When I first moved to Hawaii 20 years ago, I befriended a feral cat from the Kahalu hillside. About six months after I started feeding her, she became pregnant. She gave birth to two female kittens, brought them to my backdoor step with a proud "meow" when their eyes opened, and left them with me when she died a month later of undiagnosed kidney failure.
The two little girls, Elizabeth and Victoria, got their names because they were such dainty and delicate kittens that my husband said they should be named for royalty. They lived long, happy, loving, and much loved lives with us. They were the source of hours of laughter, pranks, and games, as well as contented cuddles and purrs. They helped seven of my foster daughters learn to be more gentle and loving with each other. Pets don't turn there backs on us with ridicule the way people sometimes do.
Victoria became "Boots" named for the Nancy Sinatra hit which included the line "These boots are made for walking and that's just what they'll do…one of these days these boots are going to walk all over you!" because she grew out of dainty, became rather more like big foot, and used to walk from my feet, up my body, to stand on my chest and stare into my eyes until I awakened. Boots was the first to go, dying of lung cancer. She purred in my arms as she exhaled her last loving breath and her eyes grew dim.
Elizabeth used to awaken me in the mornings by lifting my right hand by a gold chain I wear. When she got my hand over her head, she would release it so it would pet her as it slid back to the bed. Two or three tries were all it would take to awaken me enough so I would pet her and she could stop doing the heavy lifting. She lived to age 18 and died in my arms at the vet's when I could not longer bear to see the fear and panic on her face at the feeling of fluid building up in her lungs. It was an autoimmune disorder of some kind.
At that point, I decided I needed a break from pets. The loss just hurt too much. Two weeks later, my husband, who has Alzheimer's, told me he needed another pet because he was so lonely without Elizabeth who used to sit at his feet when I was at work. He said she always looked so loving and stayed so near, even when she no longer had the strength to jump up on his lap. He really missed her.
What could I do? I put him off a week and got myself together, then we went to the Humane Society on Valentine's day. I didn't want a cat who looked like Elizabeth who resembled a lilac point siamese or her sister who was dark gray and white with white boots. I looked around and found a skinny two year old red tiger cat who was hiding under a bench trying hard to not be noticed. I dragged him out from under the bench gently and put him on Wayne's lap. It seemed they would get along ok. We made our donation and got in the car.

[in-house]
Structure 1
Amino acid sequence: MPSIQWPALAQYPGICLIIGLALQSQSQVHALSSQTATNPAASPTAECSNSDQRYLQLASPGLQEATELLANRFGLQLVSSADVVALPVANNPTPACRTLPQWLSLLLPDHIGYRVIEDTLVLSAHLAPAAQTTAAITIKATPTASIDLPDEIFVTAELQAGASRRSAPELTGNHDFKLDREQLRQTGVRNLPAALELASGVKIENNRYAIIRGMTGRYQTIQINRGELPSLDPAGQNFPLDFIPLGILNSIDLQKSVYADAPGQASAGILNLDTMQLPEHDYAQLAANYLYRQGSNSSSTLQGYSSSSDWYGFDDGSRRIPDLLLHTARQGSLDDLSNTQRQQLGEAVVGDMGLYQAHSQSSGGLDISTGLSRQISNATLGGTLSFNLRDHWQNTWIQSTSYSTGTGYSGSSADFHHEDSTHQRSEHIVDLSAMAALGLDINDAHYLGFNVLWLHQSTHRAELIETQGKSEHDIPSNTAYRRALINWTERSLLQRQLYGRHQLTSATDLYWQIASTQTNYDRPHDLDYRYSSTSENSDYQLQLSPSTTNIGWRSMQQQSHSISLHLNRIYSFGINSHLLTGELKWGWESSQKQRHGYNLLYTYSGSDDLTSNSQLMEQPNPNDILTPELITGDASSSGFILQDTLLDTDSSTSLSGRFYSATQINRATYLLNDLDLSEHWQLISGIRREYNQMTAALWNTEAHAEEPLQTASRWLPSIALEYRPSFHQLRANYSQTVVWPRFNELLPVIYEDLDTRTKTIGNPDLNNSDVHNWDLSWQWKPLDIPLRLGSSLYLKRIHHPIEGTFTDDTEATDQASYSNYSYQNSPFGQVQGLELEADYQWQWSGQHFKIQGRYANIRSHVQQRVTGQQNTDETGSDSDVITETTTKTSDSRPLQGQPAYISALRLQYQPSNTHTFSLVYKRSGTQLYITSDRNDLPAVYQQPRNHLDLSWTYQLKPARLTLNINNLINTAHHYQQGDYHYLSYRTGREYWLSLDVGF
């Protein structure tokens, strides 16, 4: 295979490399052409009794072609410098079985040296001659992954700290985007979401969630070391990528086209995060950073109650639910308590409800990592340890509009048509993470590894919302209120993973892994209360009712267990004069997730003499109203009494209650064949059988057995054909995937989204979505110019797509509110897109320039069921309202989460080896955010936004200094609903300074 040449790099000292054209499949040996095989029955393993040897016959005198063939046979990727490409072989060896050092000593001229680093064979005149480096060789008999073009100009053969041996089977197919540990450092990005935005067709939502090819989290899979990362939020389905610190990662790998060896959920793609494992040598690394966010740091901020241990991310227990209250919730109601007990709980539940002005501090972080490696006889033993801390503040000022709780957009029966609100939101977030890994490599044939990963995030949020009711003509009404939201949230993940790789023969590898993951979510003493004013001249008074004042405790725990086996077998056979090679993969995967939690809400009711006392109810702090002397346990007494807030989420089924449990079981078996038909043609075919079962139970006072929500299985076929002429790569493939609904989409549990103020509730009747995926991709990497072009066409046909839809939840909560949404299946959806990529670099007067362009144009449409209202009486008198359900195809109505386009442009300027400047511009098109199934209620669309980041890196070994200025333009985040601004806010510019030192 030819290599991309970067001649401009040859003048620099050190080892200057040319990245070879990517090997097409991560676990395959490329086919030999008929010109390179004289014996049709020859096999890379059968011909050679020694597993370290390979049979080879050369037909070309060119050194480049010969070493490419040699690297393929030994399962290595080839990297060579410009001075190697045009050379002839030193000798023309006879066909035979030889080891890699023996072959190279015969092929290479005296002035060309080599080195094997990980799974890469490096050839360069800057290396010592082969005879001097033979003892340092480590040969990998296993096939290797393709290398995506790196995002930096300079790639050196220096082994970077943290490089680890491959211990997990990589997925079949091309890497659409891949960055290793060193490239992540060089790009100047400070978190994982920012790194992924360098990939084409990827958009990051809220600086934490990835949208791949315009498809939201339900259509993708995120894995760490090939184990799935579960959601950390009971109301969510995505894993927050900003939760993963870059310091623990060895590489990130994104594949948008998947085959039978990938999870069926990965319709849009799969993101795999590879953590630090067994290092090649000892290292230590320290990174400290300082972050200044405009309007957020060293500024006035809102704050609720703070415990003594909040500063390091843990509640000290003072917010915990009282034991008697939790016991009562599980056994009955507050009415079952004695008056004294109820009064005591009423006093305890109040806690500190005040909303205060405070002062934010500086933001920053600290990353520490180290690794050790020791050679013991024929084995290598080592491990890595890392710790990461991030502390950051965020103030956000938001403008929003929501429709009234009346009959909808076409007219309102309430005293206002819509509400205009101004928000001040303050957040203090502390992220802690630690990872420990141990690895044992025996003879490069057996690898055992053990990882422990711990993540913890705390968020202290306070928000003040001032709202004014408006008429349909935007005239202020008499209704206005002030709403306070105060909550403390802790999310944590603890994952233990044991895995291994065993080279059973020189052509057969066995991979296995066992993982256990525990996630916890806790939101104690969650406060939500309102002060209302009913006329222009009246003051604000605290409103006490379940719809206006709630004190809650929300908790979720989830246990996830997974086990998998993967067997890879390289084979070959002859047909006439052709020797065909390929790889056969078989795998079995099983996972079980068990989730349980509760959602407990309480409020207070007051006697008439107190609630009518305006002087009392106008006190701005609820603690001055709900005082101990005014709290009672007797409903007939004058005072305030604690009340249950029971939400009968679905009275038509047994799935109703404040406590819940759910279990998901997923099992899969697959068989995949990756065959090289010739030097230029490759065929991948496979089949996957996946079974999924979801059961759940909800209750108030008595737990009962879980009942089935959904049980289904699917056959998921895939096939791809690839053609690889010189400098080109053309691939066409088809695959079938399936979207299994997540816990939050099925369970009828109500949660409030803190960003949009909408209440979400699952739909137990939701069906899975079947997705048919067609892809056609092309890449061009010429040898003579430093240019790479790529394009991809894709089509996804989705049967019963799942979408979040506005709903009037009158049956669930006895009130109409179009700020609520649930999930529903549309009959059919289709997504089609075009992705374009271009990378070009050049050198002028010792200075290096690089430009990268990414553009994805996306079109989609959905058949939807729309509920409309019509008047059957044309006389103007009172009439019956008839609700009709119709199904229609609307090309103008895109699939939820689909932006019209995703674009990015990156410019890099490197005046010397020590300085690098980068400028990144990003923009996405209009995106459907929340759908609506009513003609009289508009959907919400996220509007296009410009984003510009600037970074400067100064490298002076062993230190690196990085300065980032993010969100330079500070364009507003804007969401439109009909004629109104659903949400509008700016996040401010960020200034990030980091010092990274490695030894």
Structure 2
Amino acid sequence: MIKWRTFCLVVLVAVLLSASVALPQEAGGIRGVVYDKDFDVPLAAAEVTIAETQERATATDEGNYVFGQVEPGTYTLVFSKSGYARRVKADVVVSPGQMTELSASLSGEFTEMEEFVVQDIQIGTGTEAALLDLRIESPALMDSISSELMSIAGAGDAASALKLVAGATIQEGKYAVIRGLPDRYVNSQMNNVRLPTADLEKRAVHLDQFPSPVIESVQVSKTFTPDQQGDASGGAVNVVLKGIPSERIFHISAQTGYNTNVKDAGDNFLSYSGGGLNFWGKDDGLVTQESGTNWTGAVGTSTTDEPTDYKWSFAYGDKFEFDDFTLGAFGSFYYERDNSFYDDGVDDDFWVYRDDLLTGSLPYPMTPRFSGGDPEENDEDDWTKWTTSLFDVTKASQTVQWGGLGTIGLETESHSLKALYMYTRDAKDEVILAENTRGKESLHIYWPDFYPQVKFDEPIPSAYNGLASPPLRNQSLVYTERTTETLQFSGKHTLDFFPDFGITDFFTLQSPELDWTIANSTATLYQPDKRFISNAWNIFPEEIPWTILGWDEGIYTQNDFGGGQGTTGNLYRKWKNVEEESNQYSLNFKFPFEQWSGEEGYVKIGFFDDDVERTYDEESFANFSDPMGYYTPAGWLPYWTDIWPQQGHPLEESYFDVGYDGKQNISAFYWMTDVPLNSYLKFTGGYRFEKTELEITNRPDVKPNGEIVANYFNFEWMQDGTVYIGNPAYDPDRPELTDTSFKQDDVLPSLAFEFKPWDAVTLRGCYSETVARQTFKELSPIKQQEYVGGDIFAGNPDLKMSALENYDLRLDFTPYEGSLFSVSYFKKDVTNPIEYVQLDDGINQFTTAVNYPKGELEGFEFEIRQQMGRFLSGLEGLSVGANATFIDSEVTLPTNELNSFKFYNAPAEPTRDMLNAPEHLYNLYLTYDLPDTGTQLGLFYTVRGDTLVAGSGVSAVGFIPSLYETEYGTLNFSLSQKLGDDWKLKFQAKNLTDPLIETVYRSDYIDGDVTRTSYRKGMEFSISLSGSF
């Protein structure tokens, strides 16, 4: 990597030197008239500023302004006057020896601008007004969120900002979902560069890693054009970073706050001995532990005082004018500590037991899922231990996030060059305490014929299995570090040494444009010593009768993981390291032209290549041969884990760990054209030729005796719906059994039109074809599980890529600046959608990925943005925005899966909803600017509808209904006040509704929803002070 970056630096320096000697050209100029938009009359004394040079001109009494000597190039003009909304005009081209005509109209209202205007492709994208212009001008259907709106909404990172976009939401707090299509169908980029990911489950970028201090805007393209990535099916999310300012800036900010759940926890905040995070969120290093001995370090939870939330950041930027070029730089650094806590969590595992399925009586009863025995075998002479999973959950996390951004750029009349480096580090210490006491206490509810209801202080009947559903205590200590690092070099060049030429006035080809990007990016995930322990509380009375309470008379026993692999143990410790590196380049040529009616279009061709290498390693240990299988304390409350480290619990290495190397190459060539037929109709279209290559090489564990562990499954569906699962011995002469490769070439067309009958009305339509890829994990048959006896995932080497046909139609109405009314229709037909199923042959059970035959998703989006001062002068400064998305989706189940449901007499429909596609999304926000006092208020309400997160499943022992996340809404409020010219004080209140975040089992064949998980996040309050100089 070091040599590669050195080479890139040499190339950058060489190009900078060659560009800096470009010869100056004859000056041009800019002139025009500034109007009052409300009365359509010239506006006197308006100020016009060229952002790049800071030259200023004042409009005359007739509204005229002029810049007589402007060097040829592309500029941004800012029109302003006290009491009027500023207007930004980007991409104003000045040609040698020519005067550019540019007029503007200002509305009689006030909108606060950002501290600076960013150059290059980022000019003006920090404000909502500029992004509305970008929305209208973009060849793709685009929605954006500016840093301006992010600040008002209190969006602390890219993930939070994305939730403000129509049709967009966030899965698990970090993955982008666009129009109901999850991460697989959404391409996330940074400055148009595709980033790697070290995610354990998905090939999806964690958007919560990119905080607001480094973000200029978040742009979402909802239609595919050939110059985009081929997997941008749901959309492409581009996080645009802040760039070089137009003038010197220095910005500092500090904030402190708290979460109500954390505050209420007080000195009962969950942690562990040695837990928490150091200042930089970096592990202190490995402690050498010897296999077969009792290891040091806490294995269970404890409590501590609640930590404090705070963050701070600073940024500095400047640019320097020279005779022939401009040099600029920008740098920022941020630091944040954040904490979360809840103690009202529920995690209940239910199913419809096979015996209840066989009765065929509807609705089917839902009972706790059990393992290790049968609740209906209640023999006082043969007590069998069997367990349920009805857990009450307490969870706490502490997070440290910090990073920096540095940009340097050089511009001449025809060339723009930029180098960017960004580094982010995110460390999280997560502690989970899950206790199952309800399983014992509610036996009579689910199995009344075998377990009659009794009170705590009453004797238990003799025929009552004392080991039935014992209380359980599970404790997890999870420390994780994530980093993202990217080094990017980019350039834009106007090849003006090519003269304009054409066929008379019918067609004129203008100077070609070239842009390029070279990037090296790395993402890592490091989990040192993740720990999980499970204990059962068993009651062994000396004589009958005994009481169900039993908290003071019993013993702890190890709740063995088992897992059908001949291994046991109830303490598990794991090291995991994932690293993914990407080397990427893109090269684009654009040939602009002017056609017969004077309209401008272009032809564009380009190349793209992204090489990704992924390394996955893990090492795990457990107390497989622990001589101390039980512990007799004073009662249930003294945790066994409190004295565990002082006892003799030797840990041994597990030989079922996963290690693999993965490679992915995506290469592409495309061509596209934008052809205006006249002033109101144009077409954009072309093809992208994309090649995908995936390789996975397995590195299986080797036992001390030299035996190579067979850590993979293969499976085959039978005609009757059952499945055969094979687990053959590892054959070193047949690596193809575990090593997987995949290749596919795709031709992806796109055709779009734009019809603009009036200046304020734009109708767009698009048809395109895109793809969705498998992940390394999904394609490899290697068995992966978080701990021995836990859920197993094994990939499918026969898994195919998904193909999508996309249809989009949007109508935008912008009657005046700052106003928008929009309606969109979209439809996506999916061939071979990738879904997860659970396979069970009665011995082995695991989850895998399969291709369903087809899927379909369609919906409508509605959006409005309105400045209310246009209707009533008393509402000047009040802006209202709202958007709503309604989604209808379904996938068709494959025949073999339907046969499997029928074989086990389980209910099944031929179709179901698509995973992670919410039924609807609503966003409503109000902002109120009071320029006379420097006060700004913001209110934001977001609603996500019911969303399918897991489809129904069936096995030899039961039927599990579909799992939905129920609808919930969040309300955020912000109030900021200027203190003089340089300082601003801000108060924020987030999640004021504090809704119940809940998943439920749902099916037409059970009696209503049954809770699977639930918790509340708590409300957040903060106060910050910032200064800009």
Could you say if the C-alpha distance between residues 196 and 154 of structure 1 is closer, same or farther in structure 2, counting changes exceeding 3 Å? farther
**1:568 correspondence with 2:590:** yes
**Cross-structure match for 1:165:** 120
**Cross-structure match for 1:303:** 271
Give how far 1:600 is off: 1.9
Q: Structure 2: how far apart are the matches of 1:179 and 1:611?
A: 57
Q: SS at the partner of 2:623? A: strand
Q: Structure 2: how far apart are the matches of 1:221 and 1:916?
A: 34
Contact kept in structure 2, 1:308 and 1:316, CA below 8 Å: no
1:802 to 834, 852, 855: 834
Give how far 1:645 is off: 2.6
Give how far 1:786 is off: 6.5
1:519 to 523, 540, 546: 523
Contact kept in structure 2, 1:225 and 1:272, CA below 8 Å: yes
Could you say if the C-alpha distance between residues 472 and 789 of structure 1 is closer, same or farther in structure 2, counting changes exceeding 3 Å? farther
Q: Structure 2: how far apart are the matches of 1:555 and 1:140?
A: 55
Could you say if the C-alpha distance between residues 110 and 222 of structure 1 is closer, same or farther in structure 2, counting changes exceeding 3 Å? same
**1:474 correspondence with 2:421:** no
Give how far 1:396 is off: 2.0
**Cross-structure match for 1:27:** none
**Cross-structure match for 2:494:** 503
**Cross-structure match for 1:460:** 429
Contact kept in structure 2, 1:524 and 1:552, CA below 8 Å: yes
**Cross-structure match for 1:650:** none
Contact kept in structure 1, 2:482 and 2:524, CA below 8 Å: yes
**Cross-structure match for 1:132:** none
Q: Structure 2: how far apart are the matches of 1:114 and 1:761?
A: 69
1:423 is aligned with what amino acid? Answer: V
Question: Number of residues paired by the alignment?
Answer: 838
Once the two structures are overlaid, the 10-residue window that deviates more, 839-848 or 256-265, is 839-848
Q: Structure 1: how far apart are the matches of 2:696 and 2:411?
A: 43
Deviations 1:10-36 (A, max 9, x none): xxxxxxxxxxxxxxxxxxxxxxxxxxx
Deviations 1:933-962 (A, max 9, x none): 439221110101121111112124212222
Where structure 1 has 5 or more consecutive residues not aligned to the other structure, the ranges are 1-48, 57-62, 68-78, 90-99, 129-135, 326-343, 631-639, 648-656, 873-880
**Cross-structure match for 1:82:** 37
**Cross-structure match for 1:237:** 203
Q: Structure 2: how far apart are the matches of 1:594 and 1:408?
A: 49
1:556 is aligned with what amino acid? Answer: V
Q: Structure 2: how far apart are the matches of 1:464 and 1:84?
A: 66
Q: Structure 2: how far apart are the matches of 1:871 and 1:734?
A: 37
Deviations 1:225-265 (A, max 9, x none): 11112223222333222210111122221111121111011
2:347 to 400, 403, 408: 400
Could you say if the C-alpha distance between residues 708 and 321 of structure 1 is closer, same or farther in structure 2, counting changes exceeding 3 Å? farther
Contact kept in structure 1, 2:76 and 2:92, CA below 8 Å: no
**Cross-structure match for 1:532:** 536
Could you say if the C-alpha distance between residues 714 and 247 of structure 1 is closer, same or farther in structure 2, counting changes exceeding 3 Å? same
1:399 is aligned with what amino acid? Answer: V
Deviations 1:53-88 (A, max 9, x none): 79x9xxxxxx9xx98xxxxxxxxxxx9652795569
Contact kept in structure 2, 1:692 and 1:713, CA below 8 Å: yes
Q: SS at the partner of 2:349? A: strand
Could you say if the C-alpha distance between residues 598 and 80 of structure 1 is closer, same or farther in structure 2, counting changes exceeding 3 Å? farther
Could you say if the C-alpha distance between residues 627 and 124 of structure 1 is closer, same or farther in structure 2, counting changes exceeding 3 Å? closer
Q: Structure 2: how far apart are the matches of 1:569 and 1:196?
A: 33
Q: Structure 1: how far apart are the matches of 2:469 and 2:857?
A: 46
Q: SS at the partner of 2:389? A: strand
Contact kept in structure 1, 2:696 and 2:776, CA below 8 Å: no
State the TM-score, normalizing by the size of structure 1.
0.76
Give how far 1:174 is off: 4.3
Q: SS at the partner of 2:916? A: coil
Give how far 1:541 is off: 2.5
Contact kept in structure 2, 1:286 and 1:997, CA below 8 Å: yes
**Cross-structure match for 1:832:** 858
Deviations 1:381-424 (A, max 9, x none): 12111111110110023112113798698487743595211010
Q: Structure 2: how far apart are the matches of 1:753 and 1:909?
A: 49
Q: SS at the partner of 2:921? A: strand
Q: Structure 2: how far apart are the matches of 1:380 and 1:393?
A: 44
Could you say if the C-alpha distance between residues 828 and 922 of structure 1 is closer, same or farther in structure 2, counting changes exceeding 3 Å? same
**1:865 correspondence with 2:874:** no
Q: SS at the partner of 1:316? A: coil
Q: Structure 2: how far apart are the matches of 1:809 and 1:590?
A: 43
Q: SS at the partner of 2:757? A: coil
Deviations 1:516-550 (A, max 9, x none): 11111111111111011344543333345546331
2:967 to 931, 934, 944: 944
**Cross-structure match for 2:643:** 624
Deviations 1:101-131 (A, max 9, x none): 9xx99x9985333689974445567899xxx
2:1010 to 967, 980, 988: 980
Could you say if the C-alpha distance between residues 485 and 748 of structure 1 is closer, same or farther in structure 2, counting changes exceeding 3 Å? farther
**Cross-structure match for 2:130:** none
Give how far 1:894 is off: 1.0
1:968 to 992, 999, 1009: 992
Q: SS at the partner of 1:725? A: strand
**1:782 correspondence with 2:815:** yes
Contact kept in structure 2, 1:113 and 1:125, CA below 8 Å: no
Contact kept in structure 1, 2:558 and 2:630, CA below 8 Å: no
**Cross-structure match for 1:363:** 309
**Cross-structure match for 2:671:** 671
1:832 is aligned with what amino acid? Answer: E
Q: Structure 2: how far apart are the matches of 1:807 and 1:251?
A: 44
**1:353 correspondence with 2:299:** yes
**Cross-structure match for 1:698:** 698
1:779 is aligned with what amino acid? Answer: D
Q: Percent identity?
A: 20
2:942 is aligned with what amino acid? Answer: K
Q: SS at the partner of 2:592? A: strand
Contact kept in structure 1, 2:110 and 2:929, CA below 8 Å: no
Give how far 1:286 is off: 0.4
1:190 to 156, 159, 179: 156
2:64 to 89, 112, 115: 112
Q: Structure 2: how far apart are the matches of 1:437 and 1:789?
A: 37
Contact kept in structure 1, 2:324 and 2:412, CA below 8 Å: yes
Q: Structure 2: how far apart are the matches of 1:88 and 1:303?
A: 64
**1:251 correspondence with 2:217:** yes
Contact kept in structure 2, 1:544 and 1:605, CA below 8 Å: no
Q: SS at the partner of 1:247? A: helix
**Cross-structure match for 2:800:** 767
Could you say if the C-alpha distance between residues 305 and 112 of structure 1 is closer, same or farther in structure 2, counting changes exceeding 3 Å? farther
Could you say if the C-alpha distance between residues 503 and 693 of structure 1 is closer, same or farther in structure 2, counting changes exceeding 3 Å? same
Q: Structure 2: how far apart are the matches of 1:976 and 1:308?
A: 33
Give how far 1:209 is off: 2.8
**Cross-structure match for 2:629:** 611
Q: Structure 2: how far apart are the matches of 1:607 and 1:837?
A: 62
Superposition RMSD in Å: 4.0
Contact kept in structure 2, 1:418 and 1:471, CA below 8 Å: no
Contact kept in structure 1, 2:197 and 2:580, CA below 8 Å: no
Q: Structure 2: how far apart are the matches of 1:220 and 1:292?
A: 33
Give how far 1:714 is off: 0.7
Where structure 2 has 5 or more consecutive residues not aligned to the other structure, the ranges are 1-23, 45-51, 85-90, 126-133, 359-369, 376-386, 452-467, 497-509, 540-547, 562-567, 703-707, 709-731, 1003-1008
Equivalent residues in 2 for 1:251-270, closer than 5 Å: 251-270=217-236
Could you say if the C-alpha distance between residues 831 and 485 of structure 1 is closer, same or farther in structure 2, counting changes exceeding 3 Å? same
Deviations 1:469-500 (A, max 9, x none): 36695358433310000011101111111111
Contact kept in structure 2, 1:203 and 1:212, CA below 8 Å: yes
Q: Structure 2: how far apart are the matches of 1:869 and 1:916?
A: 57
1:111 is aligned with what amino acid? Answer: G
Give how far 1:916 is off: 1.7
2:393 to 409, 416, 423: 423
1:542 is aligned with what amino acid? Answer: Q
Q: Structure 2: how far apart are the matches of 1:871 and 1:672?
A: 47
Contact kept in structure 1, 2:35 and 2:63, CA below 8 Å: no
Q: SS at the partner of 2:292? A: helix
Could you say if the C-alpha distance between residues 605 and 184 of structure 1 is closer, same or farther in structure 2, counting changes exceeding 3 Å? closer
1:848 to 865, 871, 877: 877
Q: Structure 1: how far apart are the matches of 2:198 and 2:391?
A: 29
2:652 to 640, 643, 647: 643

Wayne held the cat in his carrier on his lap and scratched his ears all the way home. When we got home, I helped Wayne into his chair, then opened the carrier and turned the cat loose. I expected him to cower or run to hide under the nearest bed. Instead, he looked around, spotted Wayne in the chair and galloped across the livingroom. He jumped on his lap, put one long lanky paw on each shoulder and dropped his head on Wayne's neck. Pippin had found a home and safety. Wayne had found a friend and began to act much less depressed.
Now that Wayne is more incapacitated, Pippin looks to me for care. He is now a big 18 pounds of solid muscle, who thinks he needs a human food schedule, really feels deprived if he doesn't have three meals a day and at least one snack at bedtime. When I am typing around mealtime, he will sit between me and the keyboard until I feed him. When I ignore him, he has a series of annoying tactics he uses in sequence until I give him what he want.
I have come to love this big manipulative four-legged friend. He sleeps on my bed, purrs when he cuddles, loves to be petted and held (all 18 pounds of him). He has been a source of much laughter and joy, as well as annoyance and frustration. In the end, his presence is soothing and calming to me, lowering both BG and BP. I am blessed that we went to the Humane Society that day and found another friend.
Some of us have service animals and can share how those are helpful. Others of us have a variety of creatures either four legged or two winged who share our homes and raise our spirits.
Would you share some of ways your pets help you reduce our stress and bring love and joy into your life?
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